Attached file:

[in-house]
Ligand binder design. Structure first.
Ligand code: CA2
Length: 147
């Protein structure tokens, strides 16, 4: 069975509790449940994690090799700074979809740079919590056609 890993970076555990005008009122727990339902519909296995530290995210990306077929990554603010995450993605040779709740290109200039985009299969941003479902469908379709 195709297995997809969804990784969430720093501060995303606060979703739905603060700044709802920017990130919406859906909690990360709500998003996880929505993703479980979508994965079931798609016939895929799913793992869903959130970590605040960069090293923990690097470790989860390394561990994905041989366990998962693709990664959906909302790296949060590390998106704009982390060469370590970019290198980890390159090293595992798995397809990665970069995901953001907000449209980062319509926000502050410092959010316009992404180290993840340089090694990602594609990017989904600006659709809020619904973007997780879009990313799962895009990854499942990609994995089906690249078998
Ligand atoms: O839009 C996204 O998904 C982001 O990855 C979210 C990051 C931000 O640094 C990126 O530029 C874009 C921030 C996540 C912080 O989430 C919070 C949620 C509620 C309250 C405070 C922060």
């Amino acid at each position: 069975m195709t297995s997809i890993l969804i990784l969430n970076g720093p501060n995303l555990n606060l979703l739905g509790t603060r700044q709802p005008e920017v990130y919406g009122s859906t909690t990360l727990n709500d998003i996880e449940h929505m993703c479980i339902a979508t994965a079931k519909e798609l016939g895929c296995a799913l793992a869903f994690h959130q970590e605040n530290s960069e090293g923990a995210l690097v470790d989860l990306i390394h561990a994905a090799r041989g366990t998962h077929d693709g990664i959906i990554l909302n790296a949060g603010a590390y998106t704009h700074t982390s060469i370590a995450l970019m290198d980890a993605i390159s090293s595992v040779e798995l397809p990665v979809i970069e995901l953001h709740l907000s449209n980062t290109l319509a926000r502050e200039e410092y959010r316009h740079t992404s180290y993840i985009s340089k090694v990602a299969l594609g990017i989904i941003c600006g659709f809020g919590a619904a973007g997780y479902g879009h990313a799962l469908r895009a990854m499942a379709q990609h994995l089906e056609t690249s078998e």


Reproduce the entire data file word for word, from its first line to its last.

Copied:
[in-house]
Ligand binder design. Structure first.
Ligand code: CA2
Length: 147
């Protein structure tokens, strides 16, 4: 069975509790449940994690090799700074979809740079919590056609 890993970076555990005008009122727990339902519909296995530290995210990306077929990554603010995450993605040779709740290109200039985009299969941003479902469908379709 195709297995997809969804990784969430720093501060995303606060979703739905603060700044709802920017990130919406859906909690990360709500998003996880929505993703479980979508994965079931798609016939895929799913793992869903959130970590605040960069090293923990690097470790989860390394561990994905041989366990998962693709990664959906909302790296949060590390998106704009982390060469370590970019290198980890390159090293595992798995397809990665970069995901953001907000449209980062319509926000502050410092959010316009992404180290993840340089090694990602594609990017989904600006659709809020619904973007997780879009990313799962895009990854499942990609994995089906690249078998
Ligand atoms: O839009 C996204 O998904 C982001 O990855 C979210 C990051 C931000 O640094 C990126 O530029 C874009 C921030 C996540 C912080 O989430 C919070 C949620 C509620 C309250 C405070 C922060």
């Amino acid at each position: 069975m195709t297995s997809i890993l969804i990784l969430n970076g720093p501060n995303l555990n606060l979703l739905g509790t603060r700044q709802p005008e920017v990130y919406g009122s859906t909690t990360l727990n709500d998003i996880e449940h929505m993703c479980i339902a979508t994965a079931k519909e798609l016939g895929c296995a799913l793992a869903f994690h959130q970590e605040n530290s960069e090293g923990a995210l690097v470790d989860l990306i390394h561990a994905a090799r041989g366990t998962h077929d693709g990664i959906i990554l909302n790296a949060g603010a590390y998106t704009h700074t982390s060469i370590a995450l970019m290198d980890a993605i390159s090293s595992v040779e798995l397809p990665v979809i970069e995901l953001h709740l907000s449209n980062t290109l319509a926000r502050e200039e410092y959010r316009h740079t992404s180290y993840i985009s340089k090694v990602a299969l594609g990017i989904i941003c600006g659709f809020g919590a619904a973007g997780y479902g879009h990313a799962l469908r895009a990854m499942a379709q990609h994995l089906e056609t690249s078998e």